Caroline Richardson M.D., the Dr. Max and Buena Lichter Research Professor and associate chair for research programs in the University of Michigan Department of Family Medicine, was recognized for her groundbreaking contributions to family medicine research. The Society for Teachers of Family Medicine (STFM) awarded Richardson the prestigious Curtis G. Hames Research Award at the organization's annual conference in Toronto, Ontario this month.
The Hames award honors those individuals whose careers over the years exemplify dedication to research in family medicine. The award recipient is selected by a committee representing STFM, the American Academy of Family Physicians, and the North American Primary Care Research Group.
Richardson has published over 130 peer-reviewed articles, received funding from over 50 grants, and has maintained independent research funding during her nearly twenty year career. Her academic pursuits have focused on the benefits of exercise in promoting health, improving the care of diabetes, and reducing the adverse effects of obesity. Her work in diabetes prevention and management and technology-mediated behavioral health treatments has redefined how diabetes care is delivered and has expanded what preventive services are covered by major U.S. health insurers.
“Dr. Richardson's work has been groundbreaking in the very issues and conditions that we in Family Medicine deal with on a daily basis,” says Philip Zazove, M.D., professor and the George A. Dean Chair of Family Medicine. “Perhaps most importantly, it has improved the health care and health of so many Americans."
Richardson was presented with the Curtis Hames Award at the 2019 STFM Awards Ceremony. She was introduced by Tammy Chang, M.D., M.P.H., M.S., assistant professor. Chang shared, “Dr. Richardson has been my mentor since I was a medical student. I credit her incredibly generous mentorship, sponsorship, and support for my success. I have watched as she has served as a mentor and sponsor for so many others, especially women and other under-represented minorities. She is not only an accomplished leader in her field, she is incredibly generous with her time and energy to ensure the success of others." Chang adds,
"Her contributions to diabetes research and healthy lifestyle have greatly advanced those fields. She is most deserving of this great honor. Caroline is the kind of leader and mentor that goes above and beyond to support and mentor others.”
Family medicine research redefining care at the national level
Richardson's pioneering work in technology-mediated exercise promotion for chronic disease prevention has had a population-level impact on health. The largest health insurer in Michigan, Blue Cross Blue Shield of Michigan (BCBSM), elected to adopt Richardson’s protocols for all members, giving their enrollees discounted premiums if they used pedometers to download data to a central databank. BCBSM found that health outcomes improved, and costs decreased for those enrollees who used Richardson’s innovative exercise enhancing program.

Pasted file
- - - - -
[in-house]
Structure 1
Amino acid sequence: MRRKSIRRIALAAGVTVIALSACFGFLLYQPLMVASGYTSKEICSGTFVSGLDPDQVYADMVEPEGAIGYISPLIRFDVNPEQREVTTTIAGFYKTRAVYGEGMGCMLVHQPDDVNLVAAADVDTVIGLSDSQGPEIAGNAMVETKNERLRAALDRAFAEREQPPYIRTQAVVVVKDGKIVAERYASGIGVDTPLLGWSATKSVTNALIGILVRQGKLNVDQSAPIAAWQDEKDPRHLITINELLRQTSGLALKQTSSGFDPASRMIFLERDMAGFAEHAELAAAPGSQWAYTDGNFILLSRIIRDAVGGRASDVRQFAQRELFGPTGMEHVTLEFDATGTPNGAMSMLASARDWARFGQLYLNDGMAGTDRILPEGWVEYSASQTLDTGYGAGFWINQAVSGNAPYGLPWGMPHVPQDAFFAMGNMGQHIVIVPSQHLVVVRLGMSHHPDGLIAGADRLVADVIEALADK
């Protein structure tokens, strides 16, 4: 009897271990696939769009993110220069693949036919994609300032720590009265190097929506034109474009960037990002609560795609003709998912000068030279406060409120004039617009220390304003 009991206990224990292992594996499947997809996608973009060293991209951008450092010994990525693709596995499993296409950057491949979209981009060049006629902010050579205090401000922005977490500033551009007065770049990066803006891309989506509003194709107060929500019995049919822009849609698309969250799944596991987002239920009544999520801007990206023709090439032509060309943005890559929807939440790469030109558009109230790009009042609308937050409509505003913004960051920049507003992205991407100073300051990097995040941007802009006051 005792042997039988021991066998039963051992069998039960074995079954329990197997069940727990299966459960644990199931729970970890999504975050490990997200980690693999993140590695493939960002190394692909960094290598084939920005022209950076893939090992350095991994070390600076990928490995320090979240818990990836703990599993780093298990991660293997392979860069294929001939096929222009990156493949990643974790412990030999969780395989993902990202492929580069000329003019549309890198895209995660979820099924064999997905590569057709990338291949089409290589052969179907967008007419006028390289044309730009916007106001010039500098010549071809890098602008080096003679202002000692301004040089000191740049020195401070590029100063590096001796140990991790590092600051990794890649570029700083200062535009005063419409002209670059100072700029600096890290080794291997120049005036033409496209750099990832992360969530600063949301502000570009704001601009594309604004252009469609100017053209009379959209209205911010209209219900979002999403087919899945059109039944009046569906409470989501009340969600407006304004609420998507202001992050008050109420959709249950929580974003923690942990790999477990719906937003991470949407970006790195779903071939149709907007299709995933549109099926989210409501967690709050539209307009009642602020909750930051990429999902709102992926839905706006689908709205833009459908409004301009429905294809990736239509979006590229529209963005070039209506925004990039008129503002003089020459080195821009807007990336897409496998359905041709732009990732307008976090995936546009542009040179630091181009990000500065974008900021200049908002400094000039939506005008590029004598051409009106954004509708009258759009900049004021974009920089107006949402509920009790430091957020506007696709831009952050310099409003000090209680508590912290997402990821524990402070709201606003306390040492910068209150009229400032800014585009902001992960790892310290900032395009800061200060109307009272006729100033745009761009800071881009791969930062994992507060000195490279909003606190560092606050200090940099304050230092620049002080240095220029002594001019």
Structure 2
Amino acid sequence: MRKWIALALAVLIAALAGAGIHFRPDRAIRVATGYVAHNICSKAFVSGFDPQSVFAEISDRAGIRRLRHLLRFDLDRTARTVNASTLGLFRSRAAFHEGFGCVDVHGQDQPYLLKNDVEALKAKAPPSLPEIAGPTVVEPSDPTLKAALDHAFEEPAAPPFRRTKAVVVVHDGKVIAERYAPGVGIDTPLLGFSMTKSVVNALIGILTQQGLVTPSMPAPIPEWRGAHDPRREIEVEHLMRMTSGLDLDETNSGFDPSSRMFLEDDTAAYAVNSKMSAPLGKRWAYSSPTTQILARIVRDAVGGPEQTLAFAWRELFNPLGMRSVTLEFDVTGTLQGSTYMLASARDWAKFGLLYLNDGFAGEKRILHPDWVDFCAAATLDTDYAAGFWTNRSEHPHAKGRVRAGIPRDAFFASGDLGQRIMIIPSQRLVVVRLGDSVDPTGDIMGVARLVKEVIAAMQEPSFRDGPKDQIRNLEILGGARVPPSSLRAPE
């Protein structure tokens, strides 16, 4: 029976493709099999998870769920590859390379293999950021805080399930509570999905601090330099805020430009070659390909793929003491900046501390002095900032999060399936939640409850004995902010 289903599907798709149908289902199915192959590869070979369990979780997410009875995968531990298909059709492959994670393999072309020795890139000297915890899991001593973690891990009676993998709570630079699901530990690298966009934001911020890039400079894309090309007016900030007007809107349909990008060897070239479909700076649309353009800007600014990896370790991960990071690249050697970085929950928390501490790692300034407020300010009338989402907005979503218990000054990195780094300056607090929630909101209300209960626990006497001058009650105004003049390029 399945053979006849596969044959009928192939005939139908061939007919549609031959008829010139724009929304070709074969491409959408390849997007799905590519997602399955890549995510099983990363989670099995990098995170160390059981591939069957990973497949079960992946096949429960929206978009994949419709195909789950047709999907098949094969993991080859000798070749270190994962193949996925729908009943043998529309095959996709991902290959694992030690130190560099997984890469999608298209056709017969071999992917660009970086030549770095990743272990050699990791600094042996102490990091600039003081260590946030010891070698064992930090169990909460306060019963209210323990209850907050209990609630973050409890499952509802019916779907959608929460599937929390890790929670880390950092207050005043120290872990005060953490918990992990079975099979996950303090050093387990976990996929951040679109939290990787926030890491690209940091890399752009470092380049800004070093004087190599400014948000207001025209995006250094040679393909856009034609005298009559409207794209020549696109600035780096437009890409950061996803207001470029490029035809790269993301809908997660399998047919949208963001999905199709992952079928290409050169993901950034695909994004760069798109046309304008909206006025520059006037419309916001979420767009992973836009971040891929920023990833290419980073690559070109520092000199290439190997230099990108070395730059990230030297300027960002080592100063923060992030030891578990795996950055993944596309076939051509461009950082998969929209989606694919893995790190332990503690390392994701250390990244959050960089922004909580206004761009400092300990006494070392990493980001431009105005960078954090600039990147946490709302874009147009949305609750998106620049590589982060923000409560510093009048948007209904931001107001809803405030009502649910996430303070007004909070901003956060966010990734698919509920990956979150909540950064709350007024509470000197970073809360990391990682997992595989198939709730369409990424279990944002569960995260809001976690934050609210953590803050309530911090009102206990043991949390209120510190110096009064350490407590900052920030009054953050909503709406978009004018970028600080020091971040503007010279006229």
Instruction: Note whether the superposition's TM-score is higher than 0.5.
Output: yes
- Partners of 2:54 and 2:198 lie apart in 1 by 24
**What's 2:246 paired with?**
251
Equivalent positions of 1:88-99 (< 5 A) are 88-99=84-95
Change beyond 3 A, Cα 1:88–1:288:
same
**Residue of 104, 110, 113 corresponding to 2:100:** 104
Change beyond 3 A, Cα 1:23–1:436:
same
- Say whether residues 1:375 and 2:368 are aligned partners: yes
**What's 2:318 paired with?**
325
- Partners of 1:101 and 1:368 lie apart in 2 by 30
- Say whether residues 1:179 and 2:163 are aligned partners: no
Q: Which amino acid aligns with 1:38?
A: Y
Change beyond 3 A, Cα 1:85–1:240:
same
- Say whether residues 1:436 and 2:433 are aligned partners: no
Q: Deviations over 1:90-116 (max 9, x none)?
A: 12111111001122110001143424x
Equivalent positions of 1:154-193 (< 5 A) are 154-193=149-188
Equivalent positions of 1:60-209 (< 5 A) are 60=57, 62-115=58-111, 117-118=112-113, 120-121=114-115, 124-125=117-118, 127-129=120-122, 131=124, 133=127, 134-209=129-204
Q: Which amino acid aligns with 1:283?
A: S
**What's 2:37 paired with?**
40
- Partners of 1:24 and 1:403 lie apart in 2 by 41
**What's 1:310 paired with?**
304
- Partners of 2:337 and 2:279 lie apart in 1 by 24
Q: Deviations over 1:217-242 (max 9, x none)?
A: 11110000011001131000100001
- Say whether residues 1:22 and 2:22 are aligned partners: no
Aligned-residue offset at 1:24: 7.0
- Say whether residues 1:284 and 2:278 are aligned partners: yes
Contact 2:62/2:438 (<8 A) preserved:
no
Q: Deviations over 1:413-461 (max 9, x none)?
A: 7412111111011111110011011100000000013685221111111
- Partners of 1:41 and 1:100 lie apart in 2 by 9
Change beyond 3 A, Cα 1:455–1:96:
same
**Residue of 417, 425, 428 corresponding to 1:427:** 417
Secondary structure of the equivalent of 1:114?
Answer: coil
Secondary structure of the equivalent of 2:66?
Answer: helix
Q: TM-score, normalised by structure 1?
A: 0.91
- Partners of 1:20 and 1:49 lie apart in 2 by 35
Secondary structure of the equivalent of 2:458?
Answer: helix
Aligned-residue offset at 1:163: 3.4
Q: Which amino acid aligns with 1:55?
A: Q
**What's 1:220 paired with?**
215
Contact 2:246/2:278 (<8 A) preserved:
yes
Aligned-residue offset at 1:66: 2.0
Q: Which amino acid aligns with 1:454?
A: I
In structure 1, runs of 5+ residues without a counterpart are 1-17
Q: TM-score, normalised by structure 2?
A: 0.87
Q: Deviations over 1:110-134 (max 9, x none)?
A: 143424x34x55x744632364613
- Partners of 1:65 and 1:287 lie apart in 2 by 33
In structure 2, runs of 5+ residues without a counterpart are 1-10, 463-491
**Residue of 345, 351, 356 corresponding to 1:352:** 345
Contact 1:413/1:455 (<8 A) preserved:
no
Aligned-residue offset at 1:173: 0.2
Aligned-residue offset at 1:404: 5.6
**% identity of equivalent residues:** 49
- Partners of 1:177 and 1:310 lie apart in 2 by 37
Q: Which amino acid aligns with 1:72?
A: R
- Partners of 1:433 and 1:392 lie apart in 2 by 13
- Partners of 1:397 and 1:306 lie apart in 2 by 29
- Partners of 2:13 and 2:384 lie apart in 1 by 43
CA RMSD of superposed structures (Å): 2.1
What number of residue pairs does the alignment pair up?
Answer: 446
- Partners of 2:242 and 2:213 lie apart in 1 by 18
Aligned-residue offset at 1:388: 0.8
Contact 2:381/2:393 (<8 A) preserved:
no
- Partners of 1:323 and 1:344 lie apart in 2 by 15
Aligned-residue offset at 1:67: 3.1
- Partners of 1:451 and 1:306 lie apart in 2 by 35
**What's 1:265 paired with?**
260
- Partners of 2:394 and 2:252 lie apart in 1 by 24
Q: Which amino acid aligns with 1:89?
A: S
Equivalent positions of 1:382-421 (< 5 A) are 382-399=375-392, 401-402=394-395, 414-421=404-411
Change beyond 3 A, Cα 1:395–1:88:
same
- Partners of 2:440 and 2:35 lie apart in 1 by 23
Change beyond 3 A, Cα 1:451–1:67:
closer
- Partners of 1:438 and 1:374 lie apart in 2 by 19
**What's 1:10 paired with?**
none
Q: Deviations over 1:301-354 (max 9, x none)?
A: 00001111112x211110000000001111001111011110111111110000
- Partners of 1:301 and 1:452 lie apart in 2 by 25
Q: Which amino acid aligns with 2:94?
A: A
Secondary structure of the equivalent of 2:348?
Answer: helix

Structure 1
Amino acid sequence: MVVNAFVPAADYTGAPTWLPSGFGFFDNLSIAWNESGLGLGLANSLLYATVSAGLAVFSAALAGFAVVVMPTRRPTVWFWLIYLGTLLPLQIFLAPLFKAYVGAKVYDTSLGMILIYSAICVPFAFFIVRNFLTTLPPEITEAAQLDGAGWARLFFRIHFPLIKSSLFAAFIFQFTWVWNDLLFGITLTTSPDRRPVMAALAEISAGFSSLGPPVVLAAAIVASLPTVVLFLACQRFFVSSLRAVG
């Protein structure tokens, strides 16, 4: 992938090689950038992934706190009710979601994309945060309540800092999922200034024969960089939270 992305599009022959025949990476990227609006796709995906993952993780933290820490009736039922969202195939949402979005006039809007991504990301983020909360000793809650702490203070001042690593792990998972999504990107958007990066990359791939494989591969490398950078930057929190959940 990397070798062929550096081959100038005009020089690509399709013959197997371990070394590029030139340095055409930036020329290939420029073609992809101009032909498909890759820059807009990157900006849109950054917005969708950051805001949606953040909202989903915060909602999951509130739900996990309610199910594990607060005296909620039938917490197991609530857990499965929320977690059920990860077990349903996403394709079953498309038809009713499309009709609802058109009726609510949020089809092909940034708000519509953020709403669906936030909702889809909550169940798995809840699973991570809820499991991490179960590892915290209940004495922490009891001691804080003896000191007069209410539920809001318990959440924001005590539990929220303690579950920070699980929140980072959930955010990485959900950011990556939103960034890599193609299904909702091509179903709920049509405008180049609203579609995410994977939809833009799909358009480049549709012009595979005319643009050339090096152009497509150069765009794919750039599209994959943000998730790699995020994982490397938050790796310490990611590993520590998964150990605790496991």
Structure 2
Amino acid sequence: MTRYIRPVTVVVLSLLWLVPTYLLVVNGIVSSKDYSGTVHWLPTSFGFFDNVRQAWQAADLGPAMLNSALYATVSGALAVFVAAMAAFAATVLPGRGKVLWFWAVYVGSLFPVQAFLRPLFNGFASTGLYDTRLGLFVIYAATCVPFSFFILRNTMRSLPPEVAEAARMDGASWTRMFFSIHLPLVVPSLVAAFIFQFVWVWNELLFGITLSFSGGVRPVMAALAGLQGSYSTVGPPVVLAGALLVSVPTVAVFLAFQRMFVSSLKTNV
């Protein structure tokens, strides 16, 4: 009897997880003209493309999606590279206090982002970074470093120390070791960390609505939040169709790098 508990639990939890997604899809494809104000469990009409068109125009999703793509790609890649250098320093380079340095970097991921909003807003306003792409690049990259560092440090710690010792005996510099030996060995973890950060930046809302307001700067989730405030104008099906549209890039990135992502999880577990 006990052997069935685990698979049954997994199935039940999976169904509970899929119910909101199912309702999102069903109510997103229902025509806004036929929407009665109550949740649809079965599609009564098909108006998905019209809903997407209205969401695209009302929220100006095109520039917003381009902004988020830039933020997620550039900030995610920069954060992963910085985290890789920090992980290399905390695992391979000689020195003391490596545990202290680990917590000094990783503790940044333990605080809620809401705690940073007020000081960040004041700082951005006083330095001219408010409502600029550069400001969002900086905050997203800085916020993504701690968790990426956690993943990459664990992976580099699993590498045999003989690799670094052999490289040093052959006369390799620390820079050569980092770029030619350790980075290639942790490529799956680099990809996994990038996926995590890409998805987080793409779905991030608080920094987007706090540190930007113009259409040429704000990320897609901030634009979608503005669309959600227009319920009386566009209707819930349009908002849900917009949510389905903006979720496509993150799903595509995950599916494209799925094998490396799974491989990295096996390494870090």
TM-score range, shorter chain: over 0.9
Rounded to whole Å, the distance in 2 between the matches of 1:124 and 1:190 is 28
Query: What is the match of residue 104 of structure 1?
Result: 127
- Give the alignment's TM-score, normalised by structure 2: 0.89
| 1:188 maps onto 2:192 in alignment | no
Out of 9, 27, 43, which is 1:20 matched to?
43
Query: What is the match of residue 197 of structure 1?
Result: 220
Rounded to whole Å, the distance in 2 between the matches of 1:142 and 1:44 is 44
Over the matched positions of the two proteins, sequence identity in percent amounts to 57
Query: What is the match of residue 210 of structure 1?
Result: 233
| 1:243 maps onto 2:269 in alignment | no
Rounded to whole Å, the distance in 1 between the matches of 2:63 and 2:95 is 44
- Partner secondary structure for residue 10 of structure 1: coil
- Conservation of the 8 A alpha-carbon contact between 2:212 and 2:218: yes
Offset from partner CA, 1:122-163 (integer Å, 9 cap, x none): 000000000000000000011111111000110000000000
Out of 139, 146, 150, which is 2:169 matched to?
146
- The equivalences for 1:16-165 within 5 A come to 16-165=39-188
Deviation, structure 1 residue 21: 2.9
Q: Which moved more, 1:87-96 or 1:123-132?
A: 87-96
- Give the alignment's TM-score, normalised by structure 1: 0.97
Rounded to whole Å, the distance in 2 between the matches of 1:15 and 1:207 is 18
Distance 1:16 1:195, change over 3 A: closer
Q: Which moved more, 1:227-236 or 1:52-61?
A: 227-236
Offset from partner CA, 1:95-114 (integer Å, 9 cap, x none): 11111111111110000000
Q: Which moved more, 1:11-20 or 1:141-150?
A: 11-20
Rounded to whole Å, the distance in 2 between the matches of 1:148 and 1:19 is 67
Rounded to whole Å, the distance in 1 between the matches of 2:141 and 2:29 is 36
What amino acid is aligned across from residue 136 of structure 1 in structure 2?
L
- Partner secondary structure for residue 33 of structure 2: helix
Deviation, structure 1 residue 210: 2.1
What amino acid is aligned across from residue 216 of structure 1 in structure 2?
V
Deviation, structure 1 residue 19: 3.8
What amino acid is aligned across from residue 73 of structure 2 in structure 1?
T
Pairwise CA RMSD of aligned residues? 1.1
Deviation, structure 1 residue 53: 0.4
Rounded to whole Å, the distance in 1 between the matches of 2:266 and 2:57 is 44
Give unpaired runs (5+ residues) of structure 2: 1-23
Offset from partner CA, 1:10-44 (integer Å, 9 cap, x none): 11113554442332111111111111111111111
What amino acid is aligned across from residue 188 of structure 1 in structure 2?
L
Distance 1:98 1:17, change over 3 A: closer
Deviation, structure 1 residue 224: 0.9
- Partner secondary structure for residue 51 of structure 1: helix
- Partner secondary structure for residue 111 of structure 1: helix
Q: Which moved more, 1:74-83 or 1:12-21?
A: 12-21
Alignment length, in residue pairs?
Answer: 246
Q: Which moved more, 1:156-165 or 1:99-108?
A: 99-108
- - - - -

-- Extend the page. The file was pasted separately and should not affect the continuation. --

From 2013 to 2015, she led the United States Department of Veterans Affairs’ national efforts to improve the care of people with diabetes through the Diabetes Quality Enhancement Research Initiative (DM QUERI) program, where she served as Director.
The national effort aimed to more rapidly translate research and evidenced-based care into routine clinical practice, thus impacting long- term patient outcomes. She was the principal investigator on the VA’s National Diabetes Prevention (VA DPP) Clinical Demonstration Project and her research result lead to successful national implementation of an evidence-based diabetes prevention program (DPP) available to all VA patients across the country. The design employed in her more recent online DPP intervention trial has been used as a teaching tool in NIH’s Dissemination and Implementation course.
As the 2019 Hames honoree, Richardson was invited to share her work with the general conference. The title of her talk was “A patient centered approach to weight loss using eHealth technology.”
Joining a league of U-M leaders in family medicine research
Richardson is the latest senior faculty member from the U-M Department of Family Medicine to receive the STFM honor. She joins 2013 Curtis Hames Awardee Diane Harper, M.D., M.P.H., M.S., professor and 2015 winner Mack T. Ruffin IV, M.D., M.P.H., professor emeritus.
“As a prior Hames award honoree," Harper shared, "I tip my hat to Caroline in great tribute to her outstanding work that can change the health of many!”
The department wishes to congratulate Dr. Richardson, who serves as the Associate Chair for Research Programs. Her steadfast belief in the power of family medicine research to improve the health and healthcare of generations and her leadership as Associate Chair for Research Programs contributes to the supportive, rigorous, and highly collaborative research culture within U-M Family Medicine.